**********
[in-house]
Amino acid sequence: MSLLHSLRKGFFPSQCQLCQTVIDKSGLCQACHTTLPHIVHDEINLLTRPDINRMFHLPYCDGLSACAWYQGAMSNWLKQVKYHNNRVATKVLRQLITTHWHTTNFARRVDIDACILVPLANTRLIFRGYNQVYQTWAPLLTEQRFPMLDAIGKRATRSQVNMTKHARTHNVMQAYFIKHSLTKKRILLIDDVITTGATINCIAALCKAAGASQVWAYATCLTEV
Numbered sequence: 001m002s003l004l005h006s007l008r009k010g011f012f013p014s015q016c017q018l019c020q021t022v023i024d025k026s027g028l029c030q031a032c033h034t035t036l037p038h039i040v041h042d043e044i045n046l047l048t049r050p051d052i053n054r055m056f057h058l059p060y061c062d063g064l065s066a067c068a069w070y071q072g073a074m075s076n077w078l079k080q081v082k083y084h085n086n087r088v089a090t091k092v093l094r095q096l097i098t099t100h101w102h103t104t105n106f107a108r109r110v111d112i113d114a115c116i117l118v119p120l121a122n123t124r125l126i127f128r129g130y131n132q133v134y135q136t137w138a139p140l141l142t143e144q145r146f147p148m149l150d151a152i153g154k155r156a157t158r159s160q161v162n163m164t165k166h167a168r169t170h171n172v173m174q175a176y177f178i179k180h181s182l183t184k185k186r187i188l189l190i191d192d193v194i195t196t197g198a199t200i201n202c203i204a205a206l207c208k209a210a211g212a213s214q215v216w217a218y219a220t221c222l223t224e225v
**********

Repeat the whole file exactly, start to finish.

[in-house]
Amino acid sequence: MSLLHSLRKGFFPSQCQLCQTVIDKSGLCQACHTTLPHIVHDEINLLTRPDINRMFHLPYCDGLSACAWYQGAMSNWLKQVKYHNNRVATKVLRQLITTHWHTTNFARRVDIDACILVPLANTRLIFRGYNQVYQTWAPLLTEQRFPMLDAIGKRATRSQVNMTKHARTHNVMQAYFIKHSLTKKRILLIDDVITTGATINCIAALCKAAGASQVWAYATCLTEV
Numbered sequence: 001m002s003l004l005h006s007l008r009k010g011f012f013p014s015q016c017q018l019c020q021t022v023i024d025k026s027g028l029c030q031a032c033h034t035t036l037p038h039i040v041h042d043e044i045n046l047l048t049r050p051d052i053n054r055m056f057h058l059p060y061c062d063g064l065s066a067c068a069w070y071q072g073a074m075s076n077w078l079k080q081v082k083y084h085n086n087r088v089a090t091k092v093l094r095q096l097i098t099t100h101w102h103t104t105n106f107a108r109r110v111d112i113d114a115c116i117l118v119p120l121a122n123t124r125l126i127f128r129g130y131n132q133v134y135q136t137w138a139p140l141l142t143e144q145r146f147p148m149l150d151a152i153g154k155r156a157t158r159s160q161v162n163m164t165k166h167a168r169t170h171n172v173m174q175a176y177f178i179k180h181s182l183t184k185k186r187i188l189l190i191d192d193v194i195t196t197g198a199t200i201n202c203i204a205a206l207c208k209a210a211g212a213s214q215v216w217a218y219a220t221c222l223t224e225v